The European Commission has presented proposals to prohibit the use of antibiotics as growth-promoting feed additives.

The four remaining authorised antibiotics currently used as growth-promoters in feed would have to be phased out as of January 2006. "This fulfils my commitment to the European Parliament in September 1999", health and consumer protection commissioner David Byrne stressed.

 The proposal represents a major streamlining of the existing rules on the safety evaluation and marketing authorisation of feed additives. All new authorisations of feed additives would be granted for a ten-year period only. Companies marketing feed additives authorised under existing legislation would have to, within the next seven years, apply for re-evaluation and re-authorisation of their products.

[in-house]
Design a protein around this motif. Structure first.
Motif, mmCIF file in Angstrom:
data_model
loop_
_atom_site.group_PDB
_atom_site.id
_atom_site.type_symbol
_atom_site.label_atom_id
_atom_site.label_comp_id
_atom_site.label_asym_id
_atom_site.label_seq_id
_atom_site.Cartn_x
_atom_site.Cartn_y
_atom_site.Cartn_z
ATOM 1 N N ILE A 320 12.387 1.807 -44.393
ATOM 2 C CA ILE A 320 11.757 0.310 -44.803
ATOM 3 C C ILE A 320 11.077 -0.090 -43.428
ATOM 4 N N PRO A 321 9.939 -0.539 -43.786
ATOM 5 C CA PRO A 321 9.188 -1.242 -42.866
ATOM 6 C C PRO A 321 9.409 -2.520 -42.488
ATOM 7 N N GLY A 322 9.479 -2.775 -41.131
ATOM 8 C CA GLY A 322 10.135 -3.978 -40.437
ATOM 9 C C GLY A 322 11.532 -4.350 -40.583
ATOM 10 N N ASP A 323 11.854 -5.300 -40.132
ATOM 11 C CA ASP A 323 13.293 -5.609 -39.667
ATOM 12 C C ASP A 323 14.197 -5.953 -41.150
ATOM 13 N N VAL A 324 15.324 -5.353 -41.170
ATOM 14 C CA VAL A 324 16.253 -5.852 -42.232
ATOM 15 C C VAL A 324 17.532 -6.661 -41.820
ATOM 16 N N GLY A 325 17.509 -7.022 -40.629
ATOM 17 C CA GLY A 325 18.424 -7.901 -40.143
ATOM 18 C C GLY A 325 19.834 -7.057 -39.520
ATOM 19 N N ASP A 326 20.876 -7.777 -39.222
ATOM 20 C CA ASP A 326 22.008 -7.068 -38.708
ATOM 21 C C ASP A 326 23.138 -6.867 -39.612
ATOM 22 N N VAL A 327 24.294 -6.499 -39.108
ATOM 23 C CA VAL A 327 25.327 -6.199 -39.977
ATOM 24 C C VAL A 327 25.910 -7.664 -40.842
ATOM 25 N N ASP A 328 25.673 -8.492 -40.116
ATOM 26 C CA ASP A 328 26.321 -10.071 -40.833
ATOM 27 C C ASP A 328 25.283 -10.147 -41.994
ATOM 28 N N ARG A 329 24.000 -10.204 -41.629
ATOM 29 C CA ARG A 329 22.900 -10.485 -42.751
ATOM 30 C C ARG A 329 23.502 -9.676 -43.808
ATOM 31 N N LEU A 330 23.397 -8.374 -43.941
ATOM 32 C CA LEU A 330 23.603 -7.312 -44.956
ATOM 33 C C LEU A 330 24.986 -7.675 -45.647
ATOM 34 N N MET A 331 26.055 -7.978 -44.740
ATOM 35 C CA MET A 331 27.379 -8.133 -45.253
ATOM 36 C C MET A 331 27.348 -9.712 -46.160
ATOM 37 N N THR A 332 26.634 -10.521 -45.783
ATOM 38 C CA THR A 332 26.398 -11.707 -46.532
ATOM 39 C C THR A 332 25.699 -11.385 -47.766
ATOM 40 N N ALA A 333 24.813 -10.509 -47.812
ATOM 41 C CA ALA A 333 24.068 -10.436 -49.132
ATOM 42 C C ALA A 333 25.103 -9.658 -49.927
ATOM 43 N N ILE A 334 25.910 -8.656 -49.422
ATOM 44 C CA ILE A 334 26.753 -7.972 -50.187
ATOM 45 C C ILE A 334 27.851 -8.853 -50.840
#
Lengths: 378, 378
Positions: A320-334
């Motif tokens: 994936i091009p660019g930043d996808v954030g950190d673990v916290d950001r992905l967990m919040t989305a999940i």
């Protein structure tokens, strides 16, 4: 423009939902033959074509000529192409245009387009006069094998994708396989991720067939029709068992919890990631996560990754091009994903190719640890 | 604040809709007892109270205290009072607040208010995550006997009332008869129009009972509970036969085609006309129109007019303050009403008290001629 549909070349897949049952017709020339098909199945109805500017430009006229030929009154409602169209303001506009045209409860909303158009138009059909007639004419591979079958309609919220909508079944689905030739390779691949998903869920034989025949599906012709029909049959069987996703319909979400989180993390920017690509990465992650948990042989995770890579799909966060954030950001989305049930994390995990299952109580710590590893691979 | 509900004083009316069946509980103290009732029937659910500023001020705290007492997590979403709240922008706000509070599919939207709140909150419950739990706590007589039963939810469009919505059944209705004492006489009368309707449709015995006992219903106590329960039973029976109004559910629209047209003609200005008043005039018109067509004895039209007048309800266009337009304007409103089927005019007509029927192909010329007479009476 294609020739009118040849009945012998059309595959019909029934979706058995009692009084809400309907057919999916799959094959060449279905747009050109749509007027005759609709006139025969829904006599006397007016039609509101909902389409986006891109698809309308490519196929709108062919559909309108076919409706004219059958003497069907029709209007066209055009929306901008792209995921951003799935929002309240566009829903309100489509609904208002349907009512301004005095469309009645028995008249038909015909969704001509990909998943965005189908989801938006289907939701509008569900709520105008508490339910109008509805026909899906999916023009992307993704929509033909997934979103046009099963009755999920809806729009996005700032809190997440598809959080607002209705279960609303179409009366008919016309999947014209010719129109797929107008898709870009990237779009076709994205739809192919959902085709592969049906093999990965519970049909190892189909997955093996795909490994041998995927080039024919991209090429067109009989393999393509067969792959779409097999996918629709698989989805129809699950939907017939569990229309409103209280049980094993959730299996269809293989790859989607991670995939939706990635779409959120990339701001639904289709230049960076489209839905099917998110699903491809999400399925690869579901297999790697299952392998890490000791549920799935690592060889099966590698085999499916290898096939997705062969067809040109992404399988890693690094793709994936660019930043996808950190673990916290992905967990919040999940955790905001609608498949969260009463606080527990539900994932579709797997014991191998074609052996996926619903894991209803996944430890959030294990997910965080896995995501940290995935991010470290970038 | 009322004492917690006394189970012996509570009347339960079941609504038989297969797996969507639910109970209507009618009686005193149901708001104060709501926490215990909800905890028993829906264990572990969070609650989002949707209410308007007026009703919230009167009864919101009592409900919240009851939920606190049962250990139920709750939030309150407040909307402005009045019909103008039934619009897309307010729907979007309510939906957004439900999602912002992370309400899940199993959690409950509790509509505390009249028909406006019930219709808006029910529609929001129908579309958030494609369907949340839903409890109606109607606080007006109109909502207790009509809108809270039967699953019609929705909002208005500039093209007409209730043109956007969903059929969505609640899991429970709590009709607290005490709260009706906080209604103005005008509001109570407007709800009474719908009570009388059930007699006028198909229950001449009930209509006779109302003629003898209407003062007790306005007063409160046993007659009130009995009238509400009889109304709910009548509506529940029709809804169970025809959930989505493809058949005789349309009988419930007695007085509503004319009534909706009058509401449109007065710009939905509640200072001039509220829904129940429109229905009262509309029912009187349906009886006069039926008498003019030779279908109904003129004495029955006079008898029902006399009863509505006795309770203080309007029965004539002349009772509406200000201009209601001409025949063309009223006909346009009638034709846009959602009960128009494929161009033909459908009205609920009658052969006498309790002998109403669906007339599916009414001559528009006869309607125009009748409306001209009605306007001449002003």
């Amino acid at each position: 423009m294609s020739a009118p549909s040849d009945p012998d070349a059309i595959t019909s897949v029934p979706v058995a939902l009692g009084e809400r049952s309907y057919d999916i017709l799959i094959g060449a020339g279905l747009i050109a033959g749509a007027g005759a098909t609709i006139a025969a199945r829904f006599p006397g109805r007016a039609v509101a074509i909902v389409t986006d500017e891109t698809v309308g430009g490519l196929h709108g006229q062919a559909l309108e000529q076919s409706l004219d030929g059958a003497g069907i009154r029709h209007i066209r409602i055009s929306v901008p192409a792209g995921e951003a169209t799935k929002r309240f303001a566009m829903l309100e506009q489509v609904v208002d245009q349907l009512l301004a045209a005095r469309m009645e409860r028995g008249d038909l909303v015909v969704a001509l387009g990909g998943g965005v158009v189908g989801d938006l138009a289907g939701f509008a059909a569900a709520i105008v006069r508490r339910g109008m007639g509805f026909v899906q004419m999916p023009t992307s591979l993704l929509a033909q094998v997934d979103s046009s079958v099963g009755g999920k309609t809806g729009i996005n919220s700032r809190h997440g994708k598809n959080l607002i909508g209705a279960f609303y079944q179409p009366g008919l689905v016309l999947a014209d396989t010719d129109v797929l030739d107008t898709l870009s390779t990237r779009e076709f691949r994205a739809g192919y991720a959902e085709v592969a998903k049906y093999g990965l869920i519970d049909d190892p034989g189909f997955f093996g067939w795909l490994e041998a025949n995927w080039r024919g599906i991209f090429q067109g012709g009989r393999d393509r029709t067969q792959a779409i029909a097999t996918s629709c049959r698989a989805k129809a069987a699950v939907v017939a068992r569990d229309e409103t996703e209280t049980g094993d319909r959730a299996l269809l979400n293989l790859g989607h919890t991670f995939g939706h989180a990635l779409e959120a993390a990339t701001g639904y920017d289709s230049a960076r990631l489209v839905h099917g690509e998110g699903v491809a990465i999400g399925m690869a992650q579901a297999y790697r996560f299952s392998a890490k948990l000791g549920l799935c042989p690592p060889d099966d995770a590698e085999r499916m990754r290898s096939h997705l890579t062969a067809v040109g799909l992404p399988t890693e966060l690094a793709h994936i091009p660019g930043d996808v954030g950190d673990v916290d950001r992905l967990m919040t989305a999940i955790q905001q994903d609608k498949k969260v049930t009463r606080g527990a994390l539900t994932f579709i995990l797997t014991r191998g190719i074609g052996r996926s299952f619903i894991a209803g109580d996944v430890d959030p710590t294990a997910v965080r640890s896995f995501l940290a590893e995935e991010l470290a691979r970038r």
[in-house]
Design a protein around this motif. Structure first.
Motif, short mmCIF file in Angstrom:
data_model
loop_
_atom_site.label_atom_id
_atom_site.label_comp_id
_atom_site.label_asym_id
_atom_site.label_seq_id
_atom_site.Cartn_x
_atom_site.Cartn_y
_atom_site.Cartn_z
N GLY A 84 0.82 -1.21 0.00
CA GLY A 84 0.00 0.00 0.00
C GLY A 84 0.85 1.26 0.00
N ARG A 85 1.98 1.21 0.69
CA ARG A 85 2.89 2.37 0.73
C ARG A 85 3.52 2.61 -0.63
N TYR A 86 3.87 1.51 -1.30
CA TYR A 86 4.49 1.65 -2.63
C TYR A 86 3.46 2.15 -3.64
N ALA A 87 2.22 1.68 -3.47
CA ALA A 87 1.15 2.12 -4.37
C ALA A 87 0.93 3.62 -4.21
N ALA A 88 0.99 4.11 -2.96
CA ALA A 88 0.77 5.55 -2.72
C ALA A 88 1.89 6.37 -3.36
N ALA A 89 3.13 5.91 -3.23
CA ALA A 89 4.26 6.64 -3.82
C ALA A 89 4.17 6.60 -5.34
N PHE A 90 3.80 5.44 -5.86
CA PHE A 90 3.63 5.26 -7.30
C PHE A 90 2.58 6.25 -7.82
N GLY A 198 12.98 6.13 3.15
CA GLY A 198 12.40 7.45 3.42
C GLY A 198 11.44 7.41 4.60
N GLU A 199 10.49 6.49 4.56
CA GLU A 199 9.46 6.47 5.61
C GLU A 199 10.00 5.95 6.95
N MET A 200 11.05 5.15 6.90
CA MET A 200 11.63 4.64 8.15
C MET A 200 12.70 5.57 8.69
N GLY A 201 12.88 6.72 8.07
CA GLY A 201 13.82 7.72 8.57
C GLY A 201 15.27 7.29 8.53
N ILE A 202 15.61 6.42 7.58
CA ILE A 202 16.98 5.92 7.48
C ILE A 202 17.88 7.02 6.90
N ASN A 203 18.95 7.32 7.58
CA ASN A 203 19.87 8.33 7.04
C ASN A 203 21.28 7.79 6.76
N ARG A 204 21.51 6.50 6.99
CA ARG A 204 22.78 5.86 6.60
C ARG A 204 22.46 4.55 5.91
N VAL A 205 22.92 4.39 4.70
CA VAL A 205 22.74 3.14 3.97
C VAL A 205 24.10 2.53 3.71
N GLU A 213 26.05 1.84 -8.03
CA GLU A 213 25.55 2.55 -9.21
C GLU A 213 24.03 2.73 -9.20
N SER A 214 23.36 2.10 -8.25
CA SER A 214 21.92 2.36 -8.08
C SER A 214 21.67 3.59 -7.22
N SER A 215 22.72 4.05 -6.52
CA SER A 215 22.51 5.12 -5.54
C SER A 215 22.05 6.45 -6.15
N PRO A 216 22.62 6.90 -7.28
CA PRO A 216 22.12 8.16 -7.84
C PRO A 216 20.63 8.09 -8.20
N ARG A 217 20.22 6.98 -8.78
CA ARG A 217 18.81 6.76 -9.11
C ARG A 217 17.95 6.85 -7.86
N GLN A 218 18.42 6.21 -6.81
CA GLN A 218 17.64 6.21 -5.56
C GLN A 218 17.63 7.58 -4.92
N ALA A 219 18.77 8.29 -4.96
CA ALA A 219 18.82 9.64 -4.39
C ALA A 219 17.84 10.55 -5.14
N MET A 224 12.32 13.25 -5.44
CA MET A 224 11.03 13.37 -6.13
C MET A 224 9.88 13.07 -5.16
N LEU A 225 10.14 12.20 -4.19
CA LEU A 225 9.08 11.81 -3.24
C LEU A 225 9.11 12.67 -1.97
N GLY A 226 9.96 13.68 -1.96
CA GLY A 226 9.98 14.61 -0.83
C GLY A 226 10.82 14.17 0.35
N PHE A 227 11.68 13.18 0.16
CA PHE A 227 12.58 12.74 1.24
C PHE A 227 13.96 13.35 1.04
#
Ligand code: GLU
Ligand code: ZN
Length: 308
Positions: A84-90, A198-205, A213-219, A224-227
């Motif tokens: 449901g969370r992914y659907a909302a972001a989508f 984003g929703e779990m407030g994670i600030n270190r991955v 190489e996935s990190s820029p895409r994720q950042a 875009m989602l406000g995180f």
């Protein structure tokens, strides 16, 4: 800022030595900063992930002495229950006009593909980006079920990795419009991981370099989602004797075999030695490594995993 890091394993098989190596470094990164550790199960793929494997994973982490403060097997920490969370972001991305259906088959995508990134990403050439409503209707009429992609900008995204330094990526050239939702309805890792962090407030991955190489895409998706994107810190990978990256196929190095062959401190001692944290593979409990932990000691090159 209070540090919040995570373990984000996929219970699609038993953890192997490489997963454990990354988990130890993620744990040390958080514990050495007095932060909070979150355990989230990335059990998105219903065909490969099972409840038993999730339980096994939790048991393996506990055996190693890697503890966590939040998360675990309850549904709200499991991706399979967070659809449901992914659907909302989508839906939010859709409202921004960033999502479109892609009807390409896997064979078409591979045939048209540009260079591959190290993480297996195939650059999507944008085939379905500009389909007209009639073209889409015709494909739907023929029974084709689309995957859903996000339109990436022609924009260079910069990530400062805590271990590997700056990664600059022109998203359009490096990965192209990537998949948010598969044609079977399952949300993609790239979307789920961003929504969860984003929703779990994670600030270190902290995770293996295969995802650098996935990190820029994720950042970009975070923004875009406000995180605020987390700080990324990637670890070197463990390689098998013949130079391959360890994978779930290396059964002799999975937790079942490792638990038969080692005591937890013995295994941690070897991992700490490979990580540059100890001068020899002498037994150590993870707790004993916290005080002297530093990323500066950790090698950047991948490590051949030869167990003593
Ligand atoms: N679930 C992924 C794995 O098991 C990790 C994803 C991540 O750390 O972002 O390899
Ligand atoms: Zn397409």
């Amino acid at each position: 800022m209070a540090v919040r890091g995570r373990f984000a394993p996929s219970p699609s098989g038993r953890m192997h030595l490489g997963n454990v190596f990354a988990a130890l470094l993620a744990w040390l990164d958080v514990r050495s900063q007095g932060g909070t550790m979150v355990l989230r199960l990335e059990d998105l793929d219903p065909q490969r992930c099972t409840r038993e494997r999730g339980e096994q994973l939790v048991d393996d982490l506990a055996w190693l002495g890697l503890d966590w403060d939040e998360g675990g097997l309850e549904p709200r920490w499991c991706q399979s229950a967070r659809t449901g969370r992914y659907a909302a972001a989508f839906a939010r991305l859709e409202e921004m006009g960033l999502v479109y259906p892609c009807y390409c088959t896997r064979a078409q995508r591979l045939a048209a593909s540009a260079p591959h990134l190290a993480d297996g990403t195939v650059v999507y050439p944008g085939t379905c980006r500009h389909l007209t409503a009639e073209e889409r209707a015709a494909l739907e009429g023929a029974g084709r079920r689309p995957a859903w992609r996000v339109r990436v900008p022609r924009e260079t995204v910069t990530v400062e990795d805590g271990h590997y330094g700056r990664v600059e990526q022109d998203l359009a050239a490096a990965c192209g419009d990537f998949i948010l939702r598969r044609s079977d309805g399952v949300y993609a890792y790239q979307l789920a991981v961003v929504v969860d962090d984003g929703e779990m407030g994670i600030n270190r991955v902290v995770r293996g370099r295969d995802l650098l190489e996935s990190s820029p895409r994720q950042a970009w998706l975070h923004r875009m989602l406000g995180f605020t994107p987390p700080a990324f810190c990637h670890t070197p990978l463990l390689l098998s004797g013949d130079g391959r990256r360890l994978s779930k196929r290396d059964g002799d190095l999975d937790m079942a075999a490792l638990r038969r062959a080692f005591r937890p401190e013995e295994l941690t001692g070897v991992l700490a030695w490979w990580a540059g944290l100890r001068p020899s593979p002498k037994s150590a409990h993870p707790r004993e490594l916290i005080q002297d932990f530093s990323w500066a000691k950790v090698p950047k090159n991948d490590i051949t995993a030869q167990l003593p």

The new rules would require that companies demonstrate the positive effect for the animal (efficacy) and the absence of a risk for human health, animal health and the environment (safety).

The European Food Safety Authority (EFSA) would be in charge of evaluating all feed additives. It would set up clear guidelines and a transparent assessment process including public consultation of interested parties. Procedures for authorising feed additives as they evolved since 1970 have become time-consuming, cumbersome and confusing for companies and regulators alike. Their simplification and streamlining was therefore one of the actions prioritised by David Byrne in the White Paper on Food Safety, said the Commission today [Monday].

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